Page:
Being a long-term Middle Eastern marketer with the bulk of my experience being in Dubai, I note with interest any new marketing communication messages or advertisements that start over here. Call it a professional courtesy, but I usually keep my thoughts to myself, especially if it is negative. That all changed last week as I was driving down Sheikh Zayed Road up towards Dubai Internet City. Mainly, what caught my attention was the unipole (billboard) that was advertising the Metro in the Arabic language.
Why? Because a mistake had occurred which I expected anyone with common sense to spot right away (the only other condition is that they read and understand the Arabic language). The tagline that was used was literally translated: “The Metro is my choice!” which was I presume the intention of the message, thus encouraging all people, and especially the middle-class and blue collar workers to utilize the Metro instead of driving. So what is wrong? Well, it was also saying: “The Metro is optional” which directly contradicts with the former message. To elaborate, the same spelling for the written word in Arabic can mean different things depending upon the pronunciation. An equivalent in English is words like brake and break which sound the same but mean different things according to how they are spelt.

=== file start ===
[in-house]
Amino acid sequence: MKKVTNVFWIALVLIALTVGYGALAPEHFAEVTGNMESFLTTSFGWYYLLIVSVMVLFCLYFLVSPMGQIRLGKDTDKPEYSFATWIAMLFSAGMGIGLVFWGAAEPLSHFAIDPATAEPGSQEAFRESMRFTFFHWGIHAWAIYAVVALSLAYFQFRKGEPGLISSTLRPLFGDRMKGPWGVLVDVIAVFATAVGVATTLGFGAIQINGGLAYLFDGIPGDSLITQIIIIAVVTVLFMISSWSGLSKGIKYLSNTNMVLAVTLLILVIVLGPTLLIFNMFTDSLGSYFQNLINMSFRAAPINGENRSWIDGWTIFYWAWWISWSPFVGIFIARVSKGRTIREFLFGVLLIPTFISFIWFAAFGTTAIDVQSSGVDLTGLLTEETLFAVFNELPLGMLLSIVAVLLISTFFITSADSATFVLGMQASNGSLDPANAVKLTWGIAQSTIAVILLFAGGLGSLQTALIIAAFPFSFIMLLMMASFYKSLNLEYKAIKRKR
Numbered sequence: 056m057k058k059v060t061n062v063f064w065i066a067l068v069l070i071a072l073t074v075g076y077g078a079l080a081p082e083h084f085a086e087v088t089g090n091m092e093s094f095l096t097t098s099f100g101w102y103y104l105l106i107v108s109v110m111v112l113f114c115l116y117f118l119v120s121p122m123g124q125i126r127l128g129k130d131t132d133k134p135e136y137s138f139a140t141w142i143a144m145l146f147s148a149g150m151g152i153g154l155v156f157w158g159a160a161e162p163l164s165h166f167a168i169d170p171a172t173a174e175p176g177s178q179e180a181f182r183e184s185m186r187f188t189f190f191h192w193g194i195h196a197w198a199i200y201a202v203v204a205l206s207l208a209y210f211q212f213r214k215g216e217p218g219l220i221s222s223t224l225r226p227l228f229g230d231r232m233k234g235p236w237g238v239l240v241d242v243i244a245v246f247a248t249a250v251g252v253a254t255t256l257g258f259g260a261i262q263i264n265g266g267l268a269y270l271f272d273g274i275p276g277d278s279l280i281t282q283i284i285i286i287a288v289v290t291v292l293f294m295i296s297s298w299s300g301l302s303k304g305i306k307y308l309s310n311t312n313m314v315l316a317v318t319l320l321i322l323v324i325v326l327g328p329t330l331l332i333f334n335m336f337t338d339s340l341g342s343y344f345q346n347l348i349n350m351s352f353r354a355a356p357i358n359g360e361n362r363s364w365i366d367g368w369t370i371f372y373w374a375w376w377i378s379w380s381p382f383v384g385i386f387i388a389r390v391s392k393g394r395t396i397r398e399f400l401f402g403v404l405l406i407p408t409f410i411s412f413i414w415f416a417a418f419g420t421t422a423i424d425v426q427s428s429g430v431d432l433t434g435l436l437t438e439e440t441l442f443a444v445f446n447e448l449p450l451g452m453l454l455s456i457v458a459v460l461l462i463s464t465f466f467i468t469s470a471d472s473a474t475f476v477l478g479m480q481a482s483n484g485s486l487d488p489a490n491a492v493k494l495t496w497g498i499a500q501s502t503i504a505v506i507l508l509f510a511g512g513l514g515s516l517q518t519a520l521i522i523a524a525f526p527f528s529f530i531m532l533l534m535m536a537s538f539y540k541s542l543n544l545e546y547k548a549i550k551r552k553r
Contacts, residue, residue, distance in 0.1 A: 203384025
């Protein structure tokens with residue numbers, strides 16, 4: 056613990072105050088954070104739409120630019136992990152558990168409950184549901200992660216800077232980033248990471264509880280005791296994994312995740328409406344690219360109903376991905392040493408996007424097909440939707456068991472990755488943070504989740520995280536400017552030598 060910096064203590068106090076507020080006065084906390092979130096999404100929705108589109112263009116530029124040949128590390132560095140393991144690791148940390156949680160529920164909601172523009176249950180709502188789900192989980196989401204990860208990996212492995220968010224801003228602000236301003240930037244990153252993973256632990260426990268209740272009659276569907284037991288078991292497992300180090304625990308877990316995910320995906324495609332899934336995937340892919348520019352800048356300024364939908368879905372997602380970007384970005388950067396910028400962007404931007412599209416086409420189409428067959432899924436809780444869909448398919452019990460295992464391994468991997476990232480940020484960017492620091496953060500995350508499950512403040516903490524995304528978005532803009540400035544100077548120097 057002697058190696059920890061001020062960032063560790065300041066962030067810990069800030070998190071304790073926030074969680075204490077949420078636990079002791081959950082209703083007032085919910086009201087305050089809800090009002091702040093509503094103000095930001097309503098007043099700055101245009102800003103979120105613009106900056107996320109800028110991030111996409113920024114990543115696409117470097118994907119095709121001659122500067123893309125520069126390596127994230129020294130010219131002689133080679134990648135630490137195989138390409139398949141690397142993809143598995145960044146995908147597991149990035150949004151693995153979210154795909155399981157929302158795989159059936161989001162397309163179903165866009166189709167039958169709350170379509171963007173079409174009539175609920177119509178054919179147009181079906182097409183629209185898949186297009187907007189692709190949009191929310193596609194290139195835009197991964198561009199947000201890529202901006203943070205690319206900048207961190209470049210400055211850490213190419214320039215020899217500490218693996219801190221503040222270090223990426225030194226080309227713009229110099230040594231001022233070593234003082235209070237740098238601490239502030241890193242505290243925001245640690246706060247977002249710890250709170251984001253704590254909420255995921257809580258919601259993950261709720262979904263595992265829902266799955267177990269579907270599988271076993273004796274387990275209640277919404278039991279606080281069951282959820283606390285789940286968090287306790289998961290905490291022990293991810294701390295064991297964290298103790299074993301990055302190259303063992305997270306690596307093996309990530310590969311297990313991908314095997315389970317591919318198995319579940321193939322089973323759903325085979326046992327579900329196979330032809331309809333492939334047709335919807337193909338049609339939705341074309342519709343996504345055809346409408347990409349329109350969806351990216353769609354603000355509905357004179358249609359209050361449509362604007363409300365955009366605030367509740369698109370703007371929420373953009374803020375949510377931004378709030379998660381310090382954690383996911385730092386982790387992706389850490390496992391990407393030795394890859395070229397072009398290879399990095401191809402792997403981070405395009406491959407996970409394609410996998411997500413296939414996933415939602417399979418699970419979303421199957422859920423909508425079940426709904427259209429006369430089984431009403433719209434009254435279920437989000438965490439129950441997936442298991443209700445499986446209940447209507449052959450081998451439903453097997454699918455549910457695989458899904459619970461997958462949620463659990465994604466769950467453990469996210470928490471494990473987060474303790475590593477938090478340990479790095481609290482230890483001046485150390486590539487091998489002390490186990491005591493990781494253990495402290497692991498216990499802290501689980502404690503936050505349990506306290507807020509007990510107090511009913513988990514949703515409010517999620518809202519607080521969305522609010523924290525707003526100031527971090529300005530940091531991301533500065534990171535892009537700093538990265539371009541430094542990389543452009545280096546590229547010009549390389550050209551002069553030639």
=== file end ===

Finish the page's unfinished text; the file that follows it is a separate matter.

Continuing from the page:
Although I find it amusing, this blooper should have been spotted by the hundreds of thousands of Arabs that drive on this busy road every day. Either they have not noticed this or they display apathy towards alerting the Metro to it or apathy with the Metro in general which is far more serious. Or the Marketing department at Dubai Metro is afraid to own up to the mistake for fear of retributions from their superiors. That is a pity, but only conjecture from my end and a topic that deserves further discussion.
There is also a broader topic of which incident touches upon; the limited knowledge of Arabic that exists amongst the marketing/communication/advertising industry within Dubai. This problem has existed for a long time. Knowledge and experience with the Arabic language is fading as more and more within the business world communicate daily in the English language. Why do we allow it to happen? What are the long-term repercussions of such a decision?